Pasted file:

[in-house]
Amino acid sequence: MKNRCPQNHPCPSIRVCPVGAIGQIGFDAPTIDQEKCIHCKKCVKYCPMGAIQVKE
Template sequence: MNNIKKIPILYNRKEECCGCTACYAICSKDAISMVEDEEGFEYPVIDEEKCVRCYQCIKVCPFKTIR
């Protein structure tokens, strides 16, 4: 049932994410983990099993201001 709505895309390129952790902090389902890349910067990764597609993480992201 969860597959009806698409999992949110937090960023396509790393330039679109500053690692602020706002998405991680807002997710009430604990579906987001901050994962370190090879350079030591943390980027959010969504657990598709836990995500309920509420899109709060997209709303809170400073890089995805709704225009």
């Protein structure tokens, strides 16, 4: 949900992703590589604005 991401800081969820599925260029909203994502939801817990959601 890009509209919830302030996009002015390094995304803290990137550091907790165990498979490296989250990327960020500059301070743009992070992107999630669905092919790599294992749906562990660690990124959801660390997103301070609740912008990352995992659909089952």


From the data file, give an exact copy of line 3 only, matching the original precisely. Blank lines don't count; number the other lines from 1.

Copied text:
Template sequence: MNNIKKIPILYNRKEECCGCTACYAICSKDAISMVEDEEGFEYPVIDEEKCVRCYQCIKVCPFKTIR